By Gavin Mackintosh-
Social workers have been off work in high numbers for a few months due to Covid-19, research from the Department Of Education reveals.
Councils in the Uk reported high numbers of social workers not working due to Covid-19 rose last month, after a steady drop since May, the survey shows.
Four per cent of local authorities said more than 10% of social workers were not working due to the pandemic from 19-21 October, up from 2% at the start of last month and 1% in early September.
The research also said that 11% of councils reported that a tenth of the children’s residential workforce was off due to COVID-19 from 19-21 October, up from 8% at the start of the month.
Social workers perform one of the most important functions in society, but the profession has seen multiple numbers of its members suspended or expelled from the profession due to misconduct or incompetence.
The profession has also been under regular attack from aggrieved families across the Uk for various reasons and in different circumstances.
Burdened with overload, an often poorly co-ordinated system, and limited expertise in dealing with complex families, Covid-19 has provided the perfect reason for many social workers to take time off work. Those who hadn’t tested positive for the virus were self isolating once they heard others were. This is ofcourse a legal requirement for all who have been in contact with someone who has tested positive for Covid -19. But many other social workers also took the opportunity of the pandemic to take time off work, according to some in the profession.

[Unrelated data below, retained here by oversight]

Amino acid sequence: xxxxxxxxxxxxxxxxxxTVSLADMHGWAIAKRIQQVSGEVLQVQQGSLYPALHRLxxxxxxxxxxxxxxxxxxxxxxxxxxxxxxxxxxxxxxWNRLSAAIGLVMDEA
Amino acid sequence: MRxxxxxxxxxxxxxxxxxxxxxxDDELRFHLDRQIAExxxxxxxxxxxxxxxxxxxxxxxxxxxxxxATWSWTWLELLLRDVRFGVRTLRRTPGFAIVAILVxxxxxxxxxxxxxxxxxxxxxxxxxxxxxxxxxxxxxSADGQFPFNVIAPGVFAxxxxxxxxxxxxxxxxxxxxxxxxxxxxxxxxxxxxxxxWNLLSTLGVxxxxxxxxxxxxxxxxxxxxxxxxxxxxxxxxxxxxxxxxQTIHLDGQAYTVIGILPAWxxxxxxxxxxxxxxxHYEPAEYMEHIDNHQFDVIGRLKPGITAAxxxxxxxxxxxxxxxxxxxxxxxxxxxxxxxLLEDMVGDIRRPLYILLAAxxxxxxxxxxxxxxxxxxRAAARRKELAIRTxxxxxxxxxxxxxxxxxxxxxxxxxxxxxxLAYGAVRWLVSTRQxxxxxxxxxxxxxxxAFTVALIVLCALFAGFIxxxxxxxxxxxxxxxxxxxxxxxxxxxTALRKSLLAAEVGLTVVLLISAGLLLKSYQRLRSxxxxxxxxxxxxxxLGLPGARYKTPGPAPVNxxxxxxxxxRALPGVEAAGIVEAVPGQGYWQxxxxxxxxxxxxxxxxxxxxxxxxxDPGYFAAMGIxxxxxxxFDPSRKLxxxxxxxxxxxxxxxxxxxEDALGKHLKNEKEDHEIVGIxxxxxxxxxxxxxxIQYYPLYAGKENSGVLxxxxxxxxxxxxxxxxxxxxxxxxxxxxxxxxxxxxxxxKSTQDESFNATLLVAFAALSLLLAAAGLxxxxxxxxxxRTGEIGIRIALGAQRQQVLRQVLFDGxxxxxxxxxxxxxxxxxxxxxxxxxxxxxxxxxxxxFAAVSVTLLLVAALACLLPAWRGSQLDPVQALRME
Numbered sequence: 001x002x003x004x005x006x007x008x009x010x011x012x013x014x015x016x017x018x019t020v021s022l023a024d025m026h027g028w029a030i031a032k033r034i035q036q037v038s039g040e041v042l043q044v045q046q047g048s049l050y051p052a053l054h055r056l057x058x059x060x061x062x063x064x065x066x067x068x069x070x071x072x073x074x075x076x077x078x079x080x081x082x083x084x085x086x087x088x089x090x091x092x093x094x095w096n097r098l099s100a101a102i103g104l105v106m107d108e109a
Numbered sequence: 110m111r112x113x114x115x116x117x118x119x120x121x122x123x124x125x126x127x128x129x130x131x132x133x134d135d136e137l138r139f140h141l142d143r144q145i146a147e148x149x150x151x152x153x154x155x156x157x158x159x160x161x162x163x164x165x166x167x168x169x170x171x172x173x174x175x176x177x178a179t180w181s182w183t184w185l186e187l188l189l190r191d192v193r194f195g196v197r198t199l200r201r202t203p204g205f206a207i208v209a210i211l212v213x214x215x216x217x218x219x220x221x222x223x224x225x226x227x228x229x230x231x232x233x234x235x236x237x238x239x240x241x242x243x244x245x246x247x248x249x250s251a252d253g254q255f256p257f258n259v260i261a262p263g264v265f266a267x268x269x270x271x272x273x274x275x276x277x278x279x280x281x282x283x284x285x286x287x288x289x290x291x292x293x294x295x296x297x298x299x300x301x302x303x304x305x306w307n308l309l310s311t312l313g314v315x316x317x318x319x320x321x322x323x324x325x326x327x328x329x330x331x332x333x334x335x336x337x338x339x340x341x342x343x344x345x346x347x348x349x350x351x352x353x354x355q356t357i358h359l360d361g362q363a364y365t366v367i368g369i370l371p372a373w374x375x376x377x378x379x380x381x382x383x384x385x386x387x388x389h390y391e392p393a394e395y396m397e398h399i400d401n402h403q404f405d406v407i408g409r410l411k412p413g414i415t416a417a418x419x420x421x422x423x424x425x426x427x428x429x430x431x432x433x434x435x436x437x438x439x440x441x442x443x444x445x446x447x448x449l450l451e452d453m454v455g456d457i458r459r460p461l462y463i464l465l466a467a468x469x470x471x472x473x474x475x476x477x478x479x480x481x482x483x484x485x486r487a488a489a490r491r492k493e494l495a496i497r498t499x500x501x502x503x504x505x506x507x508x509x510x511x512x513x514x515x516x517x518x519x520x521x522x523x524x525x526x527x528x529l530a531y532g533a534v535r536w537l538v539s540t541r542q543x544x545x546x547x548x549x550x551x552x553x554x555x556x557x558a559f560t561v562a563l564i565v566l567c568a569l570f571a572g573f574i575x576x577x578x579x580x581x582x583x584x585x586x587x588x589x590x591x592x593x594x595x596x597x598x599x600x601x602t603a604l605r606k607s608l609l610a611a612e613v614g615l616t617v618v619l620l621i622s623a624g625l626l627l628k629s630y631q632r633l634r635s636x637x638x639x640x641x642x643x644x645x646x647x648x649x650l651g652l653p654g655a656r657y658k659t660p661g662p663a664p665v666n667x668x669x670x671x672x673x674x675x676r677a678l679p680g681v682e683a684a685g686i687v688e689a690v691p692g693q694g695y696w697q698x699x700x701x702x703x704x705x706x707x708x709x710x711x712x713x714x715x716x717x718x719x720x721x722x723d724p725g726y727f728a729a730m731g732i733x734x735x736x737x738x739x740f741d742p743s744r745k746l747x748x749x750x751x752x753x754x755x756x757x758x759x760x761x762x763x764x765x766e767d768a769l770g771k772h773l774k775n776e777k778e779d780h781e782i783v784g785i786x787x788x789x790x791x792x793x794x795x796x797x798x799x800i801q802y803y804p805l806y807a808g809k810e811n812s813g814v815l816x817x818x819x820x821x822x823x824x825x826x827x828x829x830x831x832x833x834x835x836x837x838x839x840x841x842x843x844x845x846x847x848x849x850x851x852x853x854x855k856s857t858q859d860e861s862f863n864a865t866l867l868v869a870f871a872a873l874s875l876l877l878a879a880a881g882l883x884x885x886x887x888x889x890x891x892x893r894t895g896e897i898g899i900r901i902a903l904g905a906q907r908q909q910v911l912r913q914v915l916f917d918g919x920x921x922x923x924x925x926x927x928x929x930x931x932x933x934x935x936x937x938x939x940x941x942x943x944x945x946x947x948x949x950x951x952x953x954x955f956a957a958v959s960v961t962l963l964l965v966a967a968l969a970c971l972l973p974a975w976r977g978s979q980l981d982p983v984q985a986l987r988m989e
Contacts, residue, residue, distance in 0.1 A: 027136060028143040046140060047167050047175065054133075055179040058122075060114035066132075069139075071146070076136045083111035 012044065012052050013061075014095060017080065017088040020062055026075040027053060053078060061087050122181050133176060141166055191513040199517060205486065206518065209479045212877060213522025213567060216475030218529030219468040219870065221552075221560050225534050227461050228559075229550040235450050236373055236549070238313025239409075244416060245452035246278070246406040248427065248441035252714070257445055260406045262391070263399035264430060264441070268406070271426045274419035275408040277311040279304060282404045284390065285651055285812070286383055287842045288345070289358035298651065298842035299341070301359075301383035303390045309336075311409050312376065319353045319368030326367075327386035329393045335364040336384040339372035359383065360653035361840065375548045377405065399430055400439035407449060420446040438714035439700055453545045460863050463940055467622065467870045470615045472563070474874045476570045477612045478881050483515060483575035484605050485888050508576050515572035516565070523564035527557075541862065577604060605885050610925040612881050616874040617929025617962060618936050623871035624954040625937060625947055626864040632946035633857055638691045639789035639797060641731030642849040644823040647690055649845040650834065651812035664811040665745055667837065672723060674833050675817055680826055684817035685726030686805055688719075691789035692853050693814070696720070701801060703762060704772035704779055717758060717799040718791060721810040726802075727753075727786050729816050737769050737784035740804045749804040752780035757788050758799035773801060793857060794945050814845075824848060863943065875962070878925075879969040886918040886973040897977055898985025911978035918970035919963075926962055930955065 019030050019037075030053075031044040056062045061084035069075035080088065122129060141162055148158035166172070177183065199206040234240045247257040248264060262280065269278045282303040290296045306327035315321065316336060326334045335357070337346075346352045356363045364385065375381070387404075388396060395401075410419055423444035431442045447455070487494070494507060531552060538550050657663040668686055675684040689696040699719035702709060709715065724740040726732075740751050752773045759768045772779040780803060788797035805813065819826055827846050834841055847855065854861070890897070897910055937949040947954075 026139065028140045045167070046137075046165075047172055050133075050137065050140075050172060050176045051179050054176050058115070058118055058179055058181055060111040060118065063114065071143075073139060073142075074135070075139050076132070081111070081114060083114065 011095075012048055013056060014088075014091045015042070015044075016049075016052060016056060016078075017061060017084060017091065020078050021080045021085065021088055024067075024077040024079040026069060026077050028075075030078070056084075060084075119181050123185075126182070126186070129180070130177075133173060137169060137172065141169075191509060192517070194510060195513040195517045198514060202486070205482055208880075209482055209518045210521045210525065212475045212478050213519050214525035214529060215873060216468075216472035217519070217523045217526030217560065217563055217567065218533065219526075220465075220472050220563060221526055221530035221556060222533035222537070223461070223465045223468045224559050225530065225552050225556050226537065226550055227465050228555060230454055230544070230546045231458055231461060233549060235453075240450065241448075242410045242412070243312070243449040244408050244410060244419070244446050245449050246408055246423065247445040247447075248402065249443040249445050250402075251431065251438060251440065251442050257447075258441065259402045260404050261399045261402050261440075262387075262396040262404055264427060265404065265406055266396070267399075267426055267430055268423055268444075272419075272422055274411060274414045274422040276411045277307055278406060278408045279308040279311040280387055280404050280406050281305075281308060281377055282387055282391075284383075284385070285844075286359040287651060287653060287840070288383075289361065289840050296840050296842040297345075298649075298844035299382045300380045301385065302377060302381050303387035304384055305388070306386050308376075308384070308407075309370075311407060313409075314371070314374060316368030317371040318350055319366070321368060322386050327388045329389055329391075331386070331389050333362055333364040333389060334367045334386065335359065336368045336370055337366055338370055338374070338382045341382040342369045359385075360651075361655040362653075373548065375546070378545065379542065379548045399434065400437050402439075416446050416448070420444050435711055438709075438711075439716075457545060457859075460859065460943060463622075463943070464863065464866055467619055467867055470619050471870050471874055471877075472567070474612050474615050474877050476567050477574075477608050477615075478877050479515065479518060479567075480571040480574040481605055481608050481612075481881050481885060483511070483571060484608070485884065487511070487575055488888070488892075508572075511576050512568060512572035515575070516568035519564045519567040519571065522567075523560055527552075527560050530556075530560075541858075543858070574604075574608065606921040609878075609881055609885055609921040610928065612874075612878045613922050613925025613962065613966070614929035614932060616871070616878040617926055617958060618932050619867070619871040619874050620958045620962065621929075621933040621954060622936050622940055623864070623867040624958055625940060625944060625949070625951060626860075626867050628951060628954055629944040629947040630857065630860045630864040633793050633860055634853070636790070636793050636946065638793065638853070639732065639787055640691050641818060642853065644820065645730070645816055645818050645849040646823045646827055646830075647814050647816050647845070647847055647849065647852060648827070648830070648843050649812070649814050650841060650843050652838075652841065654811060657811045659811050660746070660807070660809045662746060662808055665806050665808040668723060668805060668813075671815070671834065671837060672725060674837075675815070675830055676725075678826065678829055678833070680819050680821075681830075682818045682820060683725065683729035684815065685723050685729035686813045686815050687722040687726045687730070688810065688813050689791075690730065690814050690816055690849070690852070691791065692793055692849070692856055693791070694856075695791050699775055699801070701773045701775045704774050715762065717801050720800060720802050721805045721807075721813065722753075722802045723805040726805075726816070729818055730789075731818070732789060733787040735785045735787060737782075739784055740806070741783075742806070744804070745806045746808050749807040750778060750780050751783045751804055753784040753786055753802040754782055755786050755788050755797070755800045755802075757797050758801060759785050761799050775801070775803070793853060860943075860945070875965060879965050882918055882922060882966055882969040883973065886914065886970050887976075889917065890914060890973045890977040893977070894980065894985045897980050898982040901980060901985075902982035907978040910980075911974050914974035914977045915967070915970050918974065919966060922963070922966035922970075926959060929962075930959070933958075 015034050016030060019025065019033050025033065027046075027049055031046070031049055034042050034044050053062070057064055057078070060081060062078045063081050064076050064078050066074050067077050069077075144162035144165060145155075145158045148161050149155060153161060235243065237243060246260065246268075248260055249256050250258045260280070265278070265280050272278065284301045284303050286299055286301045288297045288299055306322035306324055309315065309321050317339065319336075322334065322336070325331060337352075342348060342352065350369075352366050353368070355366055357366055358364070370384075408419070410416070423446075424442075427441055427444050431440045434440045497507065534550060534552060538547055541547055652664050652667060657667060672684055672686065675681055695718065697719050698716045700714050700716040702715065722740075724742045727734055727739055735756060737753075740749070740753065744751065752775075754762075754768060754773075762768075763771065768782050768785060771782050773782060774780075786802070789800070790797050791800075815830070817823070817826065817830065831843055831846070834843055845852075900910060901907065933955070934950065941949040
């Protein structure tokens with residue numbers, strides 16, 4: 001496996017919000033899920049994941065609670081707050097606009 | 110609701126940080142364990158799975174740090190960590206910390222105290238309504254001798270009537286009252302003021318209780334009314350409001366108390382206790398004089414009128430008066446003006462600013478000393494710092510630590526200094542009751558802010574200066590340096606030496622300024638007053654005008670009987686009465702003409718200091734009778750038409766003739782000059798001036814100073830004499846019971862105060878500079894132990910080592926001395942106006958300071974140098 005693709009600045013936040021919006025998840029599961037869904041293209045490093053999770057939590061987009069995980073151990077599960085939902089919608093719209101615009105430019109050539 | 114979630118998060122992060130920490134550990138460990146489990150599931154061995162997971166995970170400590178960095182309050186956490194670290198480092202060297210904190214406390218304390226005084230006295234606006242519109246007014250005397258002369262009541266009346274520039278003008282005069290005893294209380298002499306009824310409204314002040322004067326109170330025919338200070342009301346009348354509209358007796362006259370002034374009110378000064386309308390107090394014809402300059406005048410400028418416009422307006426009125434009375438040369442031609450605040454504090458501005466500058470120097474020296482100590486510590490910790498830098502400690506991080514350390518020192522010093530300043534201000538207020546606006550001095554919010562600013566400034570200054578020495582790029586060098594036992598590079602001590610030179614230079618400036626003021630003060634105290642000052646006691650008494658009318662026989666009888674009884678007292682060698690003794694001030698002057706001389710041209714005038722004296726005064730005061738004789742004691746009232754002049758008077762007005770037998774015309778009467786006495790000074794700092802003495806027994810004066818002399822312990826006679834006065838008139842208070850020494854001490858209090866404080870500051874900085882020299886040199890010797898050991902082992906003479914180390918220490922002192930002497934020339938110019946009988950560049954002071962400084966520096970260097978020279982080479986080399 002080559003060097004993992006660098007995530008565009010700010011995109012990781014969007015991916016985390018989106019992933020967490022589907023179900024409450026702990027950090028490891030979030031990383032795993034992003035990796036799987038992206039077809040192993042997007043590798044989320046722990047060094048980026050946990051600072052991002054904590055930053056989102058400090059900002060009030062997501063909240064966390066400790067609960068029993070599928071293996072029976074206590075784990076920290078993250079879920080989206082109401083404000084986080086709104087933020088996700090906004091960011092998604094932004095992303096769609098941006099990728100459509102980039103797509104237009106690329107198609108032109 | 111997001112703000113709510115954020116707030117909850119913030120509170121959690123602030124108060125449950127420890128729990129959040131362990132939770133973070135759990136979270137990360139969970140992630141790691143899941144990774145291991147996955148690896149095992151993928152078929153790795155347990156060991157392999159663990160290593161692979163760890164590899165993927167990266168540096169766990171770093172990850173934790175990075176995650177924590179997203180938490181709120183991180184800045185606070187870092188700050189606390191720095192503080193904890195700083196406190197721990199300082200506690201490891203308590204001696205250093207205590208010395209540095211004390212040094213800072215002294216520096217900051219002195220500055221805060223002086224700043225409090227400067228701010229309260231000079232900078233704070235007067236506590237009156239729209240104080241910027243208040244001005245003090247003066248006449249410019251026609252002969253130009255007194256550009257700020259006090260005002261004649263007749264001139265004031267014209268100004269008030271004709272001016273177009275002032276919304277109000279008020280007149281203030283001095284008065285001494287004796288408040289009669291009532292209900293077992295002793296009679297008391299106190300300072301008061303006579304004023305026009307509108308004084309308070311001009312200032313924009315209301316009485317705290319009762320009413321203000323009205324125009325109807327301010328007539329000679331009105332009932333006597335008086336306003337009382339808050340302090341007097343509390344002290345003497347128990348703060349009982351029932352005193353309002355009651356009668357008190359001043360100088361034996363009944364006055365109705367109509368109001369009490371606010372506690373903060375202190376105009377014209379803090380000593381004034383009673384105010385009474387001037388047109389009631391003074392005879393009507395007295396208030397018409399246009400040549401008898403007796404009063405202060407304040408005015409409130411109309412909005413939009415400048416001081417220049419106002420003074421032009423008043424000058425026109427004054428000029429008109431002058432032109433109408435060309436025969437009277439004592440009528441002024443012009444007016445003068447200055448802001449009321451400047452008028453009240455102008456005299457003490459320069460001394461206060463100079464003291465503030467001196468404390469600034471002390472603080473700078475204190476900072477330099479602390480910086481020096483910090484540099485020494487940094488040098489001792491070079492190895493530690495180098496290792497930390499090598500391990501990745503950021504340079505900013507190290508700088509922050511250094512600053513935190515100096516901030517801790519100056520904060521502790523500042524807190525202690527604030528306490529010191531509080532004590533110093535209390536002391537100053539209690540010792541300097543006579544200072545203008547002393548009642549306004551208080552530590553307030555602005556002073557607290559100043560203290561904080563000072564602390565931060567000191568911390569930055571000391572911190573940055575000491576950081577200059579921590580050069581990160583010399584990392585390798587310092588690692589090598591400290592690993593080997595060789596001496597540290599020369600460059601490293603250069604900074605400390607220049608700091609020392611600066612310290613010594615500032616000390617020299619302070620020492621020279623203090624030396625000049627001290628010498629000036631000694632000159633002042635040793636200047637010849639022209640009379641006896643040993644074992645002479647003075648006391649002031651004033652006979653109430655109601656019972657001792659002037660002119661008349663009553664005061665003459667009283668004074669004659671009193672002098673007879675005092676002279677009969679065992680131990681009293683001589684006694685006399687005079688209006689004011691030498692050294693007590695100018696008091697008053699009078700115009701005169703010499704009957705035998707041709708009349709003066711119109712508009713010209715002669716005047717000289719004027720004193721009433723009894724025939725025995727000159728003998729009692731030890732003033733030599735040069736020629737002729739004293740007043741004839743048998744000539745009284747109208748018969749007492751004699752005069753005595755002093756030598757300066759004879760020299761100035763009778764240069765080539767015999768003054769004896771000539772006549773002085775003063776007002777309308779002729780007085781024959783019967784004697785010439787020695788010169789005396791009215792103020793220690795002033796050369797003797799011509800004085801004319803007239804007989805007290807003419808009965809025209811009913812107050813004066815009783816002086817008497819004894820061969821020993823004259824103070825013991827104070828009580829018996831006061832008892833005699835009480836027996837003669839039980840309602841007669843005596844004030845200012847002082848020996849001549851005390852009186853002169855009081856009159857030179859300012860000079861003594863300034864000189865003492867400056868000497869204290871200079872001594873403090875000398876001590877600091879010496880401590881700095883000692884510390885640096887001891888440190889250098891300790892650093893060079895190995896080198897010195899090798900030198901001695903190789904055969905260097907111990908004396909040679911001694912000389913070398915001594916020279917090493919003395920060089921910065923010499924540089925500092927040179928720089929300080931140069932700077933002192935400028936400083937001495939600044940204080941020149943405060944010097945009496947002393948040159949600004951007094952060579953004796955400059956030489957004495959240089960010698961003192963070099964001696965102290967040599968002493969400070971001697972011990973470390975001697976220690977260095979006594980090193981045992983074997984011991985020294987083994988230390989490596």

The majority of social workers continued working before England’s second lockdown, but the proportion of absentees went up since the easing of the first lockdown.
Local authorities hit most by the coronavirus infection, whether in the form of deaths or positive tests, told the Department of Education they were beginning to experience issues with staff availability. One authority said wider teams had to self-isolate due to one worker having a positive test, with the NHS contact tracing app being a driver for this.
Many social workers have also seen the pandemic as an opportunity to avoid some of the challenges of visiting dysfunctional families where domestic violence or drug addiction thrives.
The British Association of Social Workers (BASW) England expressed concern about the DfE’s findings, adding: “A depleted workforce – through no fault of individual social workers following national guidelines – increases the pressure on teams working hard in already difficult circumstances to safeguard children and families.”
Rachael Wardell, chair of the Association of Directors of Children’s Services’ (ADCS) workforce development policy committee, said that “most local authorities have responded to any workforce shortages by redeploying their existing staff to fill gaps because those staff are already familiar with local arrangements and systems”.
Wardell said that the ADCS anticipated a “peak in referrals to children’s services [was] yet to come, and when it does this will put added pressure on a workforce that was already under strain pre-Covid-19, particularly if the number of social worker absences continues to rise”.
BASW England added: “With the winter flu season upon us, the concern is that the problem will increase… A stable, well-resourced and fully supported workforce is needed to manage anticipated rises in referrals over the next few months.”